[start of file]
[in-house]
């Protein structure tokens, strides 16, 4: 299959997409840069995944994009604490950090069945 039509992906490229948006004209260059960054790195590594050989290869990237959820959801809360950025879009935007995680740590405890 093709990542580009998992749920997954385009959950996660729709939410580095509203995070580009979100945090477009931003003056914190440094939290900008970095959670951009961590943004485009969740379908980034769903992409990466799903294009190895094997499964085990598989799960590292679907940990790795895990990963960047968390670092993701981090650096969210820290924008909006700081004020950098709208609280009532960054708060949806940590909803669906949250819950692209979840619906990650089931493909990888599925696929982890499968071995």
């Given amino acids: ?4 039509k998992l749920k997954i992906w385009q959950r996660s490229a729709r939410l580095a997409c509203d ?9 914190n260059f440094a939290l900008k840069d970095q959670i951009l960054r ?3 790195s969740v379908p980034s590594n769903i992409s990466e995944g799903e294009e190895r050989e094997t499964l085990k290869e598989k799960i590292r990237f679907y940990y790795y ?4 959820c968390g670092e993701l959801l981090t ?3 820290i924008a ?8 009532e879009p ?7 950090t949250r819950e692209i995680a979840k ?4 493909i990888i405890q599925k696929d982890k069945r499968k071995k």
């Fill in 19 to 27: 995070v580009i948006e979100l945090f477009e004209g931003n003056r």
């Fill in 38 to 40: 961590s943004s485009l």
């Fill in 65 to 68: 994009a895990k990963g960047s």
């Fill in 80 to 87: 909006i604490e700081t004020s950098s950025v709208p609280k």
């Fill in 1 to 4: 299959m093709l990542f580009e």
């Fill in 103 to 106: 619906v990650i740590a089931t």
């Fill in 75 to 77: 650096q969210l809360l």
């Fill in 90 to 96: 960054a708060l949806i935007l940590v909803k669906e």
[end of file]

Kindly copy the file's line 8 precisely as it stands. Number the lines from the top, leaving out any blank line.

């Fill in 1 to 4: 299959m093709l990542f580009e």